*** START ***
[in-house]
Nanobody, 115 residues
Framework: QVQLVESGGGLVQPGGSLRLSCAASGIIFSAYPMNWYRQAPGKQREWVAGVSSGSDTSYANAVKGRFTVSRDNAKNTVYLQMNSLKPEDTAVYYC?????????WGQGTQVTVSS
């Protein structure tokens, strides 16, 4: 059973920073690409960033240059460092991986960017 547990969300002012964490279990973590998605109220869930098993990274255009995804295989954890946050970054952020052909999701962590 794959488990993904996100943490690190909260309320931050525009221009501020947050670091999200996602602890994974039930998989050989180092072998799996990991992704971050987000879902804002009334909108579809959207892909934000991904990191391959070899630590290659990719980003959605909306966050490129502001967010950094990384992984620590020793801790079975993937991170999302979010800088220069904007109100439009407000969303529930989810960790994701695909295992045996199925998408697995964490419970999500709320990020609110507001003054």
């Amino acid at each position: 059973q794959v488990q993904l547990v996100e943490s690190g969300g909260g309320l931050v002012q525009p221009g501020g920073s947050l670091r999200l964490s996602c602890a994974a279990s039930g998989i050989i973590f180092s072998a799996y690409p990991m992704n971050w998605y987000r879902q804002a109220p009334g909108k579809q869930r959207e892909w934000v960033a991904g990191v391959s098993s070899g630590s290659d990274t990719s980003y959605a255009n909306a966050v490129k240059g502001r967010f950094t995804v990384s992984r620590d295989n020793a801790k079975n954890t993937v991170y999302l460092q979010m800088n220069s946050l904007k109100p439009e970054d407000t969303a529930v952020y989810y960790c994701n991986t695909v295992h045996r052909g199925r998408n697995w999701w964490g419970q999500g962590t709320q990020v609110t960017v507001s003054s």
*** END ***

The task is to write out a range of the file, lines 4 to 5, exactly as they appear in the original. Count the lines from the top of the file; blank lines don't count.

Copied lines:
């Protein structure tokens, strides 16, 4: 059973920073690409960033240059460092991986960017 547990969300002012964490279990973590998605109220869930098993990274255009995804295989954890946050970054952020052909999701962590 794959488990993904996100943490690190909260309320931050525009221009501020947050670091999200996602602890994974039930998989050989180092072998799996990991992704971050987000879902804002009334909108579809959207892909934000991904990191391959070899630590290659990719980003959605909306966050490129502001967010950094990384992984620590020793801790079975993937991170999302979010800088220069904007109100439009407000969303529930989810960790994701695909295992045996199925998408697995964490419970999500709320990020609110507001003054």
């Amino acid at each position: 059973q794959v488990q993904l547990v996100e943490s690190g969300g909260g309320l931050v002012q525009p221009g501020g920073s947050l670091r999200l964490s996602c602890a994974a279990s039930g998989i050989i973590f180092s072998a799996y690409p990991m992704n971050w998605y987000r879902q804002a109220p009334g909108k579809q869930r959207e892909w934000v960033a991904g990191v391959s098993s070899g630590s290659d990274t990719s980003y959605a255009n909306a966050v490129k240059g502001r967010f950094t995804v990384s992984r620590d295989n020793a801790k079975n954890t993937v991170y999302l460092q979010m800088n220069s946050l904007k109100p439009e970054d407000t969303a529930v952020y989810y960790c994701n991986t695909v295992h045996r052909g199925r998408n697995w999701w964490g419970q999500g962590t709320q990020v609110t960017v507001s003054s």